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Hollywood during the Depression: After Tomorrow

Wednesday, June 27, 2012

Event starts at 7:30 p.m. 
Price at the door:  $5.00

After Tomorrow

Portage Theater
4050 N Milwaukee Ave, chicago, IL 60600
Click here for location info

AFTER TOMORROW

Directed by Frank Borzage • 1932

On twenty dollars a week, Charles Farrell can barely get by, let alone scrape together a down payment on a future

with his dumb bell sweetheart, Marian Nixon. But the kids love each other (he even goes without cigarettes for a

week to buy her some sheet music) and know that the promise of a private flat and a marital bed will be realized—

after tomorrow. Until then, they have to contend with his wretched, doting mother (Josephine Hull), her wretched,

indifferent mother (Minna Gombell), her kind-hearted but ineffectual schlemiel of a father (William Collier, Sr.),

and a whole neighborhood so cramped you can’t do laundry without tripping over some kook fortune teller. Shot

at the height of the Depression, After Tomorrow is an extraordinary and pungent slice of lower-middle class urban

aspirations—every day you’re just one heart attack away from being put out of work forever or just one cloveflavored

chewing gum formula away from beating the whole savings racket. From this potentially grim material (a

successful Broadway from the year before), director Frank Borzage and cameraman James Wong Howe craft an

exuberant, sure-footed tribute to the carnal drive of youth. (For a movie that endorses waiting until you’re married,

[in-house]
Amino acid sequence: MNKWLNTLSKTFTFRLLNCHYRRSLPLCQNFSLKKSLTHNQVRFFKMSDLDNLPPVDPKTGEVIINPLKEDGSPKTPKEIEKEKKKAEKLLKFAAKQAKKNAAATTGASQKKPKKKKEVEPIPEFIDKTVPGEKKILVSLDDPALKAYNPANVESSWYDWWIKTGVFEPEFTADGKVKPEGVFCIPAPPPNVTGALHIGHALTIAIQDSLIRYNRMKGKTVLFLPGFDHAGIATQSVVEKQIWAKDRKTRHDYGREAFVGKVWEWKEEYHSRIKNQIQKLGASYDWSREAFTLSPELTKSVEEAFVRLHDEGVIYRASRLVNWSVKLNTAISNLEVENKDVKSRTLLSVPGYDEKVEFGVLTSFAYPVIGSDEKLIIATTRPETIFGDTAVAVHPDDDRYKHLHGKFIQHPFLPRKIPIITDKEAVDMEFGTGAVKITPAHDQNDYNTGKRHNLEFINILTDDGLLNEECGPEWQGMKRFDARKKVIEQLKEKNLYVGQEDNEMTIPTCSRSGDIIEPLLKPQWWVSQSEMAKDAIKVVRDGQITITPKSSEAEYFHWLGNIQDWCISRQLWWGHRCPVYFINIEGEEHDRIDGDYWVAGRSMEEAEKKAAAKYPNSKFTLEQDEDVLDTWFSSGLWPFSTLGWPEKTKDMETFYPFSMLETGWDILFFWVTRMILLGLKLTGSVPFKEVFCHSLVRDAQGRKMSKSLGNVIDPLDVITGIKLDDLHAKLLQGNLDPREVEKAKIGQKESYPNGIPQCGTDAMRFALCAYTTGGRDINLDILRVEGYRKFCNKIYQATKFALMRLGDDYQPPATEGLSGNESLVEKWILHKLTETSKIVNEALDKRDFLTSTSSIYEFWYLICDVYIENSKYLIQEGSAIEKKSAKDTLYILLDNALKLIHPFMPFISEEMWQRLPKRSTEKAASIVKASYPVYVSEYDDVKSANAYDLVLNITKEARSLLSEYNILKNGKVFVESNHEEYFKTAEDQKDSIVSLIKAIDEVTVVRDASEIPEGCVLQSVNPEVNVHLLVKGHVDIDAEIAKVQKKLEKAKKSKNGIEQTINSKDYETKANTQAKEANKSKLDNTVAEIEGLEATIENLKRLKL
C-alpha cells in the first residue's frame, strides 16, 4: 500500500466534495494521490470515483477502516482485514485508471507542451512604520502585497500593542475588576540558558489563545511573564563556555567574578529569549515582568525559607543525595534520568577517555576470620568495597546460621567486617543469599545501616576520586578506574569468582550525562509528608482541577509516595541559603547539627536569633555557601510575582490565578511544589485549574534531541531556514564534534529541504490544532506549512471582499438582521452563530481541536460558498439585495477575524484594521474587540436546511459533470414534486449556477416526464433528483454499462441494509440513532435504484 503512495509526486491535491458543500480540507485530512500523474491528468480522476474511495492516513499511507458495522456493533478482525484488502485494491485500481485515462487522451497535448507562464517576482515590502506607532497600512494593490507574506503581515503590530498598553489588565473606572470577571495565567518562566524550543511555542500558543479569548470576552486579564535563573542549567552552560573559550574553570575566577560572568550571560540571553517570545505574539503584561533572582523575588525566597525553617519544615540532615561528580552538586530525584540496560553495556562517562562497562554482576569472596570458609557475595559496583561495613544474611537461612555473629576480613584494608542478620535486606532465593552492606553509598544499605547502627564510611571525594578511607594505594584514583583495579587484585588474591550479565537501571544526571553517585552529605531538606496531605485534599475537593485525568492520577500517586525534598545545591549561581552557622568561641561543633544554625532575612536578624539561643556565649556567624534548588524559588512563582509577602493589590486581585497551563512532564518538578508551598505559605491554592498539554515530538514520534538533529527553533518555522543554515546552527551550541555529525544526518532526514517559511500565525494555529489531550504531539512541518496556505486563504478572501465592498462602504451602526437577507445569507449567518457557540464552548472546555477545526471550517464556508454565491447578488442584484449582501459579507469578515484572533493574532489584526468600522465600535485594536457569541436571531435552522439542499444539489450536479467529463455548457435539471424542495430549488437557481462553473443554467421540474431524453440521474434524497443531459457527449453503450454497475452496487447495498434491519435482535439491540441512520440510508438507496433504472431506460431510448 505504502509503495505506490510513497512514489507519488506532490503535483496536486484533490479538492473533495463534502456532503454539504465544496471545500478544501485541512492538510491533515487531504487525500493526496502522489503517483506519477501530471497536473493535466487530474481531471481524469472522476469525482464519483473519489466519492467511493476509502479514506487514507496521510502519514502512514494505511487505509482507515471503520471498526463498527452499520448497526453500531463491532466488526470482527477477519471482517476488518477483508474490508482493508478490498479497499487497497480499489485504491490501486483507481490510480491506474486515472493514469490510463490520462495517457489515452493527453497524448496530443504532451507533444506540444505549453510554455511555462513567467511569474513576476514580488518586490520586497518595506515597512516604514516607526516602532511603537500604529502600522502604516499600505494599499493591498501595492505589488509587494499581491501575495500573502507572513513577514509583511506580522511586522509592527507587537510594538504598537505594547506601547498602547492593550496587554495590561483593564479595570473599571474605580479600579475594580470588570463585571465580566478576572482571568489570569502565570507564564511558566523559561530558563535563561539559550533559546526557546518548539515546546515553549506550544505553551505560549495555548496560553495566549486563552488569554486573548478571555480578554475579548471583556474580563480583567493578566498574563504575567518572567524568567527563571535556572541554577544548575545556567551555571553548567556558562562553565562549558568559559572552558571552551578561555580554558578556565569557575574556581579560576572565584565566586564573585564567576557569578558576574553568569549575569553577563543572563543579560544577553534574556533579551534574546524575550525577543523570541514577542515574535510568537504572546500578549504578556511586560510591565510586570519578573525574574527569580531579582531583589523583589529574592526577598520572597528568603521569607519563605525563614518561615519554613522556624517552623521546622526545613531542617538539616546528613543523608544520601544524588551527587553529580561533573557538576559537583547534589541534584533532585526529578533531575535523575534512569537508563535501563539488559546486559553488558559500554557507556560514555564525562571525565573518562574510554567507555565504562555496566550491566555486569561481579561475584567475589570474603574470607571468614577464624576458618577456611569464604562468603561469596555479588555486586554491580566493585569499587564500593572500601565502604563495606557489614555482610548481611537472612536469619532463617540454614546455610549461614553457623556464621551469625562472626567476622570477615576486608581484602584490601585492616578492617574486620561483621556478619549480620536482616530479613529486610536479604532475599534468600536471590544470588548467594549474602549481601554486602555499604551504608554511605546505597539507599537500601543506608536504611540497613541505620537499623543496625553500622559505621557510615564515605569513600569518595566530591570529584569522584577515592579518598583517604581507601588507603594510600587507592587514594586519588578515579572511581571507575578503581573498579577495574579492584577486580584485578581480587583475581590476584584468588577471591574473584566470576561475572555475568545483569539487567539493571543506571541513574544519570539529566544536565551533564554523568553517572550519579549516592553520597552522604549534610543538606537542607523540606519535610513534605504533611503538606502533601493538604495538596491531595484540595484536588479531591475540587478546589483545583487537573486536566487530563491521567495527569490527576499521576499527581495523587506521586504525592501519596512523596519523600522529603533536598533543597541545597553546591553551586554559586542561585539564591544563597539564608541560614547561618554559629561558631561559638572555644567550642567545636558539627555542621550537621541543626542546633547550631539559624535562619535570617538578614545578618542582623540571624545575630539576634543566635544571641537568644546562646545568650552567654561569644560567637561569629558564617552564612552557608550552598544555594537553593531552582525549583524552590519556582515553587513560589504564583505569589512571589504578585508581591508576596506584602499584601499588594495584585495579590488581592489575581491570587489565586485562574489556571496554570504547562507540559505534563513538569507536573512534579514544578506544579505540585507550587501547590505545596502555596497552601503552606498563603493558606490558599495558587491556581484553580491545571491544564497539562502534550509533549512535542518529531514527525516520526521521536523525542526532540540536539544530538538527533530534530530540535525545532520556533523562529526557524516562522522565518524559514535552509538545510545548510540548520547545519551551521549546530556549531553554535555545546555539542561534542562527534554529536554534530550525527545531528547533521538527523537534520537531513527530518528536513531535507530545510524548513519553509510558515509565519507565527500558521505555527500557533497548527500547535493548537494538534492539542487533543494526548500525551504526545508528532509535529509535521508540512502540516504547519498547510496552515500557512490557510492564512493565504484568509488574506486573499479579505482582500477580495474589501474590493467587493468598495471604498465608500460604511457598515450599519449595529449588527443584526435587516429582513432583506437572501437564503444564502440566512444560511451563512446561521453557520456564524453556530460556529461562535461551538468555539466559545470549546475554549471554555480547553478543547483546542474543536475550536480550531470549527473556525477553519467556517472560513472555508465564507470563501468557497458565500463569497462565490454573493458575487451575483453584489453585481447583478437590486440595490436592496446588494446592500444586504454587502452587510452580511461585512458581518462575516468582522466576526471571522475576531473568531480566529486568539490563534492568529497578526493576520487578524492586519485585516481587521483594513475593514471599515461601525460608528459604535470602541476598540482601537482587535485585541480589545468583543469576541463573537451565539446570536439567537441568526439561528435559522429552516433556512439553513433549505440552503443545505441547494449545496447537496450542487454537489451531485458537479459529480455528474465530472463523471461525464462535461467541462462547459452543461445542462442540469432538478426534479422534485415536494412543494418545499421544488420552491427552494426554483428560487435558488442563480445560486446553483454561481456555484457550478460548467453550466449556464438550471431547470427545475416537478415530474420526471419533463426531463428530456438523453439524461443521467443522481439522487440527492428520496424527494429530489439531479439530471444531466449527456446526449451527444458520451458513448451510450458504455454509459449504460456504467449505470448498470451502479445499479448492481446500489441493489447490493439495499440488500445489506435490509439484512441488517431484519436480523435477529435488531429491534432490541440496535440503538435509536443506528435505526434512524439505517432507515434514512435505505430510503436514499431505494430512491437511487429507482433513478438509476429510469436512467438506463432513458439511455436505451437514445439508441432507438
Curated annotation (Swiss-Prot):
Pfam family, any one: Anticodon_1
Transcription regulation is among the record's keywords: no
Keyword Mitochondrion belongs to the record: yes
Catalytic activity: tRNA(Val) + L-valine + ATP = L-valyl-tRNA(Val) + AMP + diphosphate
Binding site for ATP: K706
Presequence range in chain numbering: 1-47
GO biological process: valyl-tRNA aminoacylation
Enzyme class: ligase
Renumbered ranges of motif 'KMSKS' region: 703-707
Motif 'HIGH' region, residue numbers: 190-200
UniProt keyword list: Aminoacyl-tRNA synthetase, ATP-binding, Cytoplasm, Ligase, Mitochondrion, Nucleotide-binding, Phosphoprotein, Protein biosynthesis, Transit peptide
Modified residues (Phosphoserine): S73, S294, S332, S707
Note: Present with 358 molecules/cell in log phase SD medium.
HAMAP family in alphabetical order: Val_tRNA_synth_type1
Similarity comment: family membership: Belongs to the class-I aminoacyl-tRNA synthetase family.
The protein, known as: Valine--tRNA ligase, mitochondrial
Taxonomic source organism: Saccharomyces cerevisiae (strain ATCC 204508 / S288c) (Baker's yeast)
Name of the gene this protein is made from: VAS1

this tender pre-Code romance also empathically believes in not waiting a minute later than you have to.) Long

unavailable, After Tomorrow is essential viewing. (KW)

79 min. • Fox Film Corporation • Restored 35mm Print from UCLA Film & Television Archive

About the artists:

After Tomorrow

AFTER TOMORROW

Directed by Frank Borzage • 1932

On twenty dollars a week, Charles Farrell can barely get by, let alone scrape together a down payment on a future

with his dumb bell sweetheart, Marian Nixon. But the kids love each other (he even goes without cigarettes for a

week to buy her some sheet music) and know that the promise of a private flat and a marital bed will be realized—

after tomorrow. Until then, they have to contend with his wretched, doting mother (Josephine Hull), her wretched,

indifferent mother (Minna Gombell), her kind-hearted but ineffectual schlemiel of a father (William Collier, Sr.),

and a whole neighborhood so cramped you can’t do laundry without tripping over some kook fortune teller. Shot

at the height of the Depression, After Tomorrow is an extraordinary and pungent slice of lower-middle class urban

aspirations—every day you’re just one heart attack away from being put out of work forever or just one cloveflavored

chewing gum formula away from beating the whole savings racket. From this potentially grim material (a

successful Broadway from the year before), director Frank Borzage and cameraman James Wong Howe craft an

exuberant, sure-footed tribute to the carnal drive of youth. (For a movie that endorses waiting until you’re married,

this tender pre-Code romance also empathically believes in not waiting a minute later than you have to.) Long

unavailable, After Tomorrow is essential viewing. (KW)

79 min. • Fox Film Corporation • Restored 35mm Print from UCLA Film & Television Archive




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